High-dose methotrexate in acute lymphoblastic leukemia: Where is the evidence for its continued use?

Elpis Mantadakis, Peter D. Cole, Barton A. Kamen

Research output: Contribution to journalShort surveypeer-review

45 Scopus citations


High-dose intravenous methotrexate is an important component of many effective chemotherapeutic regimens for childhood acute lymphoblastic leukemia (ALL). Its use has a strong pharmacologic rationale: to overcome mechanisms of resistance of the malignant cells and to achieve cytotoxic concentrations in sanctuary sites for lymphoblasts. Although therapeutic progress in ALL during the past 4 decades has been closely associated with more widespread use of intravenous methotrexate and in progressively larger doses, little data exist to clearly support the use of high-dose intravenous methotrexate over a regimen of prolonged administration of low-dose methotrexate. The implied superiority of intravenous methotrexate mainly stems from studies that used identical leucovorin rescue with low-dose methotrexate or from studies of upfront window therapy in untreated children with ALL in which single standard doses of oral methotrexate were compared with high-dose intravenous methotrexate with leucovorin rescue. The evidence favoring administration of intravenous methotrexate for children with ALL is critically reviewed. Despite its extensive use, high-dose intravenous methotrexate has not been proved conclusively to be more effective than less toxic, less labor intensive, and less costly methods of methotrexate administration.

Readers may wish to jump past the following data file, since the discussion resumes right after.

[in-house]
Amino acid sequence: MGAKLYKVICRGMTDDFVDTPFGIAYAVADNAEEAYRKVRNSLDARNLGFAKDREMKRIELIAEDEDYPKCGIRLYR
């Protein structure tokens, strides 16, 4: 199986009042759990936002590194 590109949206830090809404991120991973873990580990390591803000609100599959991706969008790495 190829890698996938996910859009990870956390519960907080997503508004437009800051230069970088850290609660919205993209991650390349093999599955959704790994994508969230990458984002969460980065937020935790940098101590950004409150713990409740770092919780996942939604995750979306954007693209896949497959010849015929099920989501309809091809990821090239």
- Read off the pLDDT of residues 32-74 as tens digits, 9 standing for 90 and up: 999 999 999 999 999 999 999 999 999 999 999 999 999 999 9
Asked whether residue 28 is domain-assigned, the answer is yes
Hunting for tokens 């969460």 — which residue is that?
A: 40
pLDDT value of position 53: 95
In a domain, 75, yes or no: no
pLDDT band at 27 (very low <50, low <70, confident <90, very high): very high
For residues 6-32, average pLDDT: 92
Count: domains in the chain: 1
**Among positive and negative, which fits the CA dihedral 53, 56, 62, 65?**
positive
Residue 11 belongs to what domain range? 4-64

Original languageEnglish (US)
Pages (from-to)748-755
Number of pages8
Issue number5 I
StatePublished - May 1 2005


  • ALL
  • Acute lymphoblastic leukemia
  • Leucovorin
  • Methotrexate

ASJC Scopus subject areas

  • Pharmacology (medical)


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